Management (02REG), Department of Veterans Affairs, 810 Vermont Avenue 
NW., Room 1068, Washington, DC 20420; or by fax to (202) 273-9026. 
(This is not a toll-free number). Comments should indicate that they 
are submitted in response to ``RIN 2900-AN87, Tentative eligibility 
determinations; Presumptive eligibility for psychosis and other mental 
illness.'' Copies of comments received will be available for public 
inspection in the Office of Regulation Policy and Management, Room 
1063B, between the hours of 8 a.m. and 4:30 p.m., Monday through Friday 
(except holidays). Please call (202) 461-4902 for an appointment. (This 
is not a toll-free number). In addition, during the comment period, 
comments may be viewed online through the Federal Docket Management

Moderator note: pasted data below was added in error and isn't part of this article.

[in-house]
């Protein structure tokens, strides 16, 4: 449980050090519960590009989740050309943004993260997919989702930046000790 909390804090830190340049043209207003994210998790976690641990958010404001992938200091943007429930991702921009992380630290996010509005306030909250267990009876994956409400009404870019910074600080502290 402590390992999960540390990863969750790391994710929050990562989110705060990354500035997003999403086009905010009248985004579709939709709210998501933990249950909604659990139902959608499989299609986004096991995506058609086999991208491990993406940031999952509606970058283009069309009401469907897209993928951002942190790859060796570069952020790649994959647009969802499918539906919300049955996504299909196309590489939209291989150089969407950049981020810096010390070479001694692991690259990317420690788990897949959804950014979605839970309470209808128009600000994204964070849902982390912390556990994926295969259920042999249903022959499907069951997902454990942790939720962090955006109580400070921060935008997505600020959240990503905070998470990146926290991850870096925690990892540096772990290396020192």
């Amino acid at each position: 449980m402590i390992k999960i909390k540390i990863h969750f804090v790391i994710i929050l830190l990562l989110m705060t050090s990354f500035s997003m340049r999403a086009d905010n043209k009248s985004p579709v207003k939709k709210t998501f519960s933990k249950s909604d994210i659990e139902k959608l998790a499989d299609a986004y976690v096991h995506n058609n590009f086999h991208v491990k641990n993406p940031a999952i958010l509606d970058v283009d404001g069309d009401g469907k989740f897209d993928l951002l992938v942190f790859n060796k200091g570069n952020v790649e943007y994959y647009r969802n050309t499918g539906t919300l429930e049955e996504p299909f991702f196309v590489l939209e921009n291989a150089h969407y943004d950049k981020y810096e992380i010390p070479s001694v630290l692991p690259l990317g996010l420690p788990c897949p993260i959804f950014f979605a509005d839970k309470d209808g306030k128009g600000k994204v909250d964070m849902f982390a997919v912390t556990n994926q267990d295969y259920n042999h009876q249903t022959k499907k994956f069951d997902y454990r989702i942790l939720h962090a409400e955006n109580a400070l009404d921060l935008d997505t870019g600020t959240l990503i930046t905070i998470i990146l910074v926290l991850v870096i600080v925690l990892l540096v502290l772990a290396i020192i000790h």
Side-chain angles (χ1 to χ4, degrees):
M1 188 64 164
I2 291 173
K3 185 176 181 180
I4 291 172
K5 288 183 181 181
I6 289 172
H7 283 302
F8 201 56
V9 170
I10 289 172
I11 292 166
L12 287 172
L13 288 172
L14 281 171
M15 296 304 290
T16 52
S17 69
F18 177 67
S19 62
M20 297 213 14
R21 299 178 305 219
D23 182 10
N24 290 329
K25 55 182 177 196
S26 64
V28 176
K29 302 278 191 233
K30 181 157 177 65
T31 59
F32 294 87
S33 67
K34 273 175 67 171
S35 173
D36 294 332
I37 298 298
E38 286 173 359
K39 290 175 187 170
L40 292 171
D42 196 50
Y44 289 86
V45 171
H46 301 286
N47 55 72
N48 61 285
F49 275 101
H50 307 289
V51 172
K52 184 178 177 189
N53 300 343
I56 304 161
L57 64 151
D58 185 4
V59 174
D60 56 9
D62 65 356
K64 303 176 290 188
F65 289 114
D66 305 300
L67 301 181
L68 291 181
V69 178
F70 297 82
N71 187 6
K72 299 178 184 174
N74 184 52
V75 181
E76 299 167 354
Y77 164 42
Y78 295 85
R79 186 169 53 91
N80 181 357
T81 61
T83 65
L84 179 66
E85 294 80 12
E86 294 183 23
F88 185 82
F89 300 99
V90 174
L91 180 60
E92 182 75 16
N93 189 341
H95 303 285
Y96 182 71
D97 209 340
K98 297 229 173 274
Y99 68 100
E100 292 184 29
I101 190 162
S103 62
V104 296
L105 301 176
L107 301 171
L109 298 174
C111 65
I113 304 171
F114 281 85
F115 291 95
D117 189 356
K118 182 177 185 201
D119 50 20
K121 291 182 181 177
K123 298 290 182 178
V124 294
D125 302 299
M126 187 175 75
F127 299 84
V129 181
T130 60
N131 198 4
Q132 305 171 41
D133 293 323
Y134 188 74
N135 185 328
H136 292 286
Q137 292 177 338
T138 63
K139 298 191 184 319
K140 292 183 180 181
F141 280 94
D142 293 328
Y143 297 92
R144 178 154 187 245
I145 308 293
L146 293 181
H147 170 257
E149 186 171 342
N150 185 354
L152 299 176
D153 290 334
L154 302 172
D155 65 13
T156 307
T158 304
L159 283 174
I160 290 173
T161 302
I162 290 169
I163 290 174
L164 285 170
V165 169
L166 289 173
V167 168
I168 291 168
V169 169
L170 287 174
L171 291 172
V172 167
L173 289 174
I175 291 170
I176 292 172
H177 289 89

System (FDMS) at www.Regulations.gov.

FOR FURTHER INFORMATION CONTACT: Kristin J. Cunningham, Director, 
Business Policy, Chief Business Office, Department of Veterans Affairs, 
810 Vermont Avenue NW., Washington, DC 20420; (202) 461-1599. (This is 
not a toll-free number).

SUPPLEMENTARY INFORMATION: This rulemaking would amend 38 CFR 17.34, 
``Tentative eligibility determinations,'' and would establish a new 
Sec.  17.109 concerning presumptive eligibility for medical care for 
psychosis and other mental illness.
    Current 38 CFR 17.34 applies to veterans who seek medical care but 
are not enrolled in the VA healthcare system. Administratively, the 
rule allows us to provide medical care in specified situations, if 
``eligibility for [medical] care probably will be established.'' 
Current Sec.  17.34(a), which is not amended by this notice, authorizes